Databases for Drug Discovery and Development

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Computational drug design and discovery have taken center stage attention during the time of COVID-19. The science community acknowledges the importance of ligand-based drug design (LBDD) and structure-based drug design (SBDD) to nullify the problem associated with a typical drug discovery process. In the modern era, a complement between experimental, theoretical, and computational approaches can make the drug discovery process rational, economical, and fast. Undoubtedly, computational power has increased manifold compared to the last few decades, making it possible to run many unthinkable calculations that cannot be imagined a few years ago. Along with the computational power, resources like open-access and commercial organic chemicals, phytochemicals, approved, experimental and investigational drugs, peptides, and metabolomic databases have increased enormously. Compared to designing a new drug, utilizing existing chemical and drug databases for virtual screening makes the process faster as the database chemicals are already synthesized (in most cases) and characterized. Even in a few instances, absorption, distribution, metabolism, excretion, and toxicity (ADMET) profiles are checked along with data for preclinical and clinical trials (primarily for investigational and/or in the process of approval drugs). A drug database is also a powerful resource for drug repurposing, where an old, approved drug for a specific disease can be used to treat another common/new/rare disease. The idea is increasingly becoming an attractive proposition as it comprises the use of already evaluated de-risked compounds which help lower the new drug development costs in a shorter time. Therefore, drug databases have an immense role to play as a repository of potential drugs for any common to a rare disease in the process of CADD and for the experimental scientists.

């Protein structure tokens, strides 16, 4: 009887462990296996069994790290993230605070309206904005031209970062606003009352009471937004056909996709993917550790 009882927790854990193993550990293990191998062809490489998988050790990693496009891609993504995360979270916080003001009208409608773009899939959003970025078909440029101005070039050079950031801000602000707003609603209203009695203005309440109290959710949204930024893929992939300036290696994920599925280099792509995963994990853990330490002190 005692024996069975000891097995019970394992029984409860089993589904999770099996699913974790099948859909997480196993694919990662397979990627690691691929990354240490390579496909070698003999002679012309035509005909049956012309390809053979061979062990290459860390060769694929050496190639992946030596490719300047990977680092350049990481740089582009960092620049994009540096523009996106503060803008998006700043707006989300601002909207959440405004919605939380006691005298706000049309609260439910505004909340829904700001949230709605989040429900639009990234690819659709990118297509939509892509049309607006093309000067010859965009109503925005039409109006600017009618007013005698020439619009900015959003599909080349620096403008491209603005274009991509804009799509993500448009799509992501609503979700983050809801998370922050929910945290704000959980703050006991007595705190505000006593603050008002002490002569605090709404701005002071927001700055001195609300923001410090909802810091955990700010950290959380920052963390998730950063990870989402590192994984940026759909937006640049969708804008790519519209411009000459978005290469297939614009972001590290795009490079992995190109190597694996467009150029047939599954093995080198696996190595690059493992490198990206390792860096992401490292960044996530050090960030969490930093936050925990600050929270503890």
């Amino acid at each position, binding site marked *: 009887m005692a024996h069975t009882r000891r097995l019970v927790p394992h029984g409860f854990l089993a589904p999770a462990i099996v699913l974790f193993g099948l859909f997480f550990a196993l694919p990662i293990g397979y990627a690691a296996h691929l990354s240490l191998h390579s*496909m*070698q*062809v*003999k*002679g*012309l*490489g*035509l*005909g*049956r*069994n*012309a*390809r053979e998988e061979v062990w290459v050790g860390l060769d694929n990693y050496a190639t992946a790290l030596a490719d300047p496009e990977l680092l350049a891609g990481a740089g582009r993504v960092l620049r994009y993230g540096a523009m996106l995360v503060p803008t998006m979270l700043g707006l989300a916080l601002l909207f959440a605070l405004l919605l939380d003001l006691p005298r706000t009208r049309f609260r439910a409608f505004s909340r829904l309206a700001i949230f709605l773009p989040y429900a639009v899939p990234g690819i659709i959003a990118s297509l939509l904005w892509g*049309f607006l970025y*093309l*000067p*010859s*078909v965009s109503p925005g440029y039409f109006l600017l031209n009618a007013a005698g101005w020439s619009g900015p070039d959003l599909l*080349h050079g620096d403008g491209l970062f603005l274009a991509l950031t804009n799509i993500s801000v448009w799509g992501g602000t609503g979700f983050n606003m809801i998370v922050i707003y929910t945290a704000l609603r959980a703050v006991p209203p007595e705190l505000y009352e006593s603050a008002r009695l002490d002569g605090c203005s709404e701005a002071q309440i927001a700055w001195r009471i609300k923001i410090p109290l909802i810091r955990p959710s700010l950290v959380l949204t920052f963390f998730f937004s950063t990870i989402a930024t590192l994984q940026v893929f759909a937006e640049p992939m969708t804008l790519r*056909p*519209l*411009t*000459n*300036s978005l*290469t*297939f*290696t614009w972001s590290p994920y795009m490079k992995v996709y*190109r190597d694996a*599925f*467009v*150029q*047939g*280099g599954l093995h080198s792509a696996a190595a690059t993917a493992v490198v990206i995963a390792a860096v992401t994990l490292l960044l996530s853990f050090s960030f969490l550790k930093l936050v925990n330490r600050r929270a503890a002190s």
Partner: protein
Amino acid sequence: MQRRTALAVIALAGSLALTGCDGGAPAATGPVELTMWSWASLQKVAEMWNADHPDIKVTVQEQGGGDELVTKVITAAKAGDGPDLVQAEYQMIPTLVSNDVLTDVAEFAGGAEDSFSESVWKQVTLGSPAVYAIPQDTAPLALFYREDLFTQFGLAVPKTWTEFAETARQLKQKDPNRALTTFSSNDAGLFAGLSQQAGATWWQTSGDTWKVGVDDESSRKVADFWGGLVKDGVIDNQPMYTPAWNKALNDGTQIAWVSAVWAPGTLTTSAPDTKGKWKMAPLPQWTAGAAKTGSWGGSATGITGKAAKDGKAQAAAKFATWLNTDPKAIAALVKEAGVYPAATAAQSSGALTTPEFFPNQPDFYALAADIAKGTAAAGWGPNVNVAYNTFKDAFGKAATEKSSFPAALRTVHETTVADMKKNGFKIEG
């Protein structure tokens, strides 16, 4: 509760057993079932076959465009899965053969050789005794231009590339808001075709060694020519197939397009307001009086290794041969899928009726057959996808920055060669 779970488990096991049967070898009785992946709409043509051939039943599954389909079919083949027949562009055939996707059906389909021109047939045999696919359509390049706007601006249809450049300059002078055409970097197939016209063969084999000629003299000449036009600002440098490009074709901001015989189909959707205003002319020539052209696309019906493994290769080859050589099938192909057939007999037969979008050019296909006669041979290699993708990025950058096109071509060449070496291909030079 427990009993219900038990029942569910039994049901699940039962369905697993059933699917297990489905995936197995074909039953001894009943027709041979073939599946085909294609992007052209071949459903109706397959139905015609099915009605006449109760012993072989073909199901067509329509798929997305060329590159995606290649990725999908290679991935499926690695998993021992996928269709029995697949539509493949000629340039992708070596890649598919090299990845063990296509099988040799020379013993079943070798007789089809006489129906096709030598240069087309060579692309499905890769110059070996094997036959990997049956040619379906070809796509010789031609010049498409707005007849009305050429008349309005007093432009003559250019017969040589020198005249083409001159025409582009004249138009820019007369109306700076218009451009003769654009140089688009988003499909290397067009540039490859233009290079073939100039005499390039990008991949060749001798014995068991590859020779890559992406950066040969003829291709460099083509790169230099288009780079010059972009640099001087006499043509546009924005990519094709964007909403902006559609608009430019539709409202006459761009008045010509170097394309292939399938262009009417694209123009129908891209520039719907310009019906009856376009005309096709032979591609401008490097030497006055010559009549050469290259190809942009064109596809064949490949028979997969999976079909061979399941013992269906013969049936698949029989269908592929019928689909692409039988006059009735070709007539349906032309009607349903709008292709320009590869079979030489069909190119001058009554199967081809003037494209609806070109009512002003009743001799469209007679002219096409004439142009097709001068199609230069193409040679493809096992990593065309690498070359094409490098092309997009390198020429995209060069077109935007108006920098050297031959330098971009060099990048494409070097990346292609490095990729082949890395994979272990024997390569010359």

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Challenges and Advances in Computational Chemistry and Physics

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